So that's what's currently happening in our early June garden. I hope you enjoyed reading and let's see what else we can start growing during the rainy season.... tips and tricks from amateur/experienced tropical rainy season growers are more than welcome!

We are still amateurs when it comes to growing in the tropics as we have been moving around so much the past 7 years.... and soon we will move again to the other side of the world. Though this might still take a while as S-America is badly hit by the pandemic. But we hope that we can start a new adventure in the Andes somewhere next year!

Happy Gardening ღ ღ ღ





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Here in the Philippines it's the summer season but the weather hasn't been that good due to the typhoon (that had passed recently).

I know.... Though still ok in Cambodia, they say a typhoon is coming here too. Stay safe.

This is a heavenly garden. You're living the dream. There is nothing better than home grown goodness!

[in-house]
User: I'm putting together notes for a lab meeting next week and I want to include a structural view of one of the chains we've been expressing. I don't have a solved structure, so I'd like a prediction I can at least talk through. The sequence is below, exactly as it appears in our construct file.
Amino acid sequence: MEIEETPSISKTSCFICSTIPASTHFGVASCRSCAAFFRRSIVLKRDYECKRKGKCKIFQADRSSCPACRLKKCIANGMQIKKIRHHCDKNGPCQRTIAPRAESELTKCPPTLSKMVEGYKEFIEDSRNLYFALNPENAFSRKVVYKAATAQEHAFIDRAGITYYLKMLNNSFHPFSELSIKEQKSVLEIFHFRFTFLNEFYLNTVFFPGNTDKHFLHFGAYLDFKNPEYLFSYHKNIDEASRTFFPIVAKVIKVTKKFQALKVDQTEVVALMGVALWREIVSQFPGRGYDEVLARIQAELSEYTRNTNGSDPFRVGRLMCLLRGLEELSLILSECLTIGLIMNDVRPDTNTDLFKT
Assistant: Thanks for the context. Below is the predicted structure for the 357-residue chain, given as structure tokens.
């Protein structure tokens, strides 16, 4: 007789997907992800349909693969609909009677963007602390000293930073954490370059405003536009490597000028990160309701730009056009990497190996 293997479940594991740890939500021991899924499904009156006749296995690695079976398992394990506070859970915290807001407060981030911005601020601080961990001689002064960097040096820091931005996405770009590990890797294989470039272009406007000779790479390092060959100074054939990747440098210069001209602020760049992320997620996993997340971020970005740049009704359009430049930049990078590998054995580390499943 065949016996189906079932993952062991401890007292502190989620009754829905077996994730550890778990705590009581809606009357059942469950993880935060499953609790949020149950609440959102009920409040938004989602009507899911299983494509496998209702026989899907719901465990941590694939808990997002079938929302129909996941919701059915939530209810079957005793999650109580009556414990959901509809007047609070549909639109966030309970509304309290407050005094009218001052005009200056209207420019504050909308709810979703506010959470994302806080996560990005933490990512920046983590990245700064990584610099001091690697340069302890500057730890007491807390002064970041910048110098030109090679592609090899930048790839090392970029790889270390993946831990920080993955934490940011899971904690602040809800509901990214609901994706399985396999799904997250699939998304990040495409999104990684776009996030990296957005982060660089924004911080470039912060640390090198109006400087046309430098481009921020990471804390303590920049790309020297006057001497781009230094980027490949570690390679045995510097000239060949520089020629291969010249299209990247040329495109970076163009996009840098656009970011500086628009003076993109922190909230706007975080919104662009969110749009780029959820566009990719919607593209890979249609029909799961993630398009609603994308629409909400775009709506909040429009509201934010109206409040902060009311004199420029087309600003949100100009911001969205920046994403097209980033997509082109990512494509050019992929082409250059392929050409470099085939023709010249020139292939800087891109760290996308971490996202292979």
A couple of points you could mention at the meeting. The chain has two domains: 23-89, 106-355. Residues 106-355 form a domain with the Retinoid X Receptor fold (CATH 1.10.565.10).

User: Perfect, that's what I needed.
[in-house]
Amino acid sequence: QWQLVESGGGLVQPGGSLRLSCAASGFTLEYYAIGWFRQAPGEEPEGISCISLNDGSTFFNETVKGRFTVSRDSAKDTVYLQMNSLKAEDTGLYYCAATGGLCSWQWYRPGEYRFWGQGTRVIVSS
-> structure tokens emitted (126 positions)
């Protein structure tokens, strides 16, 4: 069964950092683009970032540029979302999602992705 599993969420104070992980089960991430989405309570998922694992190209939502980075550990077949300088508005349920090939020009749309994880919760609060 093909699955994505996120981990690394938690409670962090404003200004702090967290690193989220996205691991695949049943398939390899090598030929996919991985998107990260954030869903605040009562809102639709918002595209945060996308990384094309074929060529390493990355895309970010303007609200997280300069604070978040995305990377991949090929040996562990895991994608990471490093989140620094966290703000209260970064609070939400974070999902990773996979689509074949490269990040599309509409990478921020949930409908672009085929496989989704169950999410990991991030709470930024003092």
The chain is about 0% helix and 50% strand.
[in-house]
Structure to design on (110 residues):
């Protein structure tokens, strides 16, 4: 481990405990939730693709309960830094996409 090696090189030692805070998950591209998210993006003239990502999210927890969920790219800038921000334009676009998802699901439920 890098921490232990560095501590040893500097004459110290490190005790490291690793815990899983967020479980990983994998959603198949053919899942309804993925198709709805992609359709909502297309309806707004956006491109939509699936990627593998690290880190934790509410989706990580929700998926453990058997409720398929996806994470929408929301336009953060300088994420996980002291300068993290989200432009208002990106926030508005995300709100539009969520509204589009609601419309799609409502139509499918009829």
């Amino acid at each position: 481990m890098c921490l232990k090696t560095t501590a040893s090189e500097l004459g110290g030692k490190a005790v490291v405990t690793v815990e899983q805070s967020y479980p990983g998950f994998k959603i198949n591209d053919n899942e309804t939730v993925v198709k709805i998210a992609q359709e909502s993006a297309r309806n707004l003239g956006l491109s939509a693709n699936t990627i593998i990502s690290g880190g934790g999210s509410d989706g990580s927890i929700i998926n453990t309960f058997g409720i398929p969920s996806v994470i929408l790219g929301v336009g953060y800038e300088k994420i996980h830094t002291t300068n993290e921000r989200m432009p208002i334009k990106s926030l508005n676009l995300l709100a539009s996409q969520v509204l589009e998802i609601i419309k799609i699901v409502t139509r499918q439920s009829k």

I look forward to your next post!💚

Thanks beautiful ❤️ looking for some free time to write about the loofah sponges. We love them.

I absolutely love the loofahs. You captured the image so well and it's almost like you can see them growing right there in front of you in the pic.

You are so blessed to be living in a tropical climate and the things you are growing are testament to that. I used to love the rainy season in Singapore and I remember the days of getting excited to wear socks and a sweater too. Now it's the other way around. I can't wait to not wear them, which isn't very often here in the chilly UK.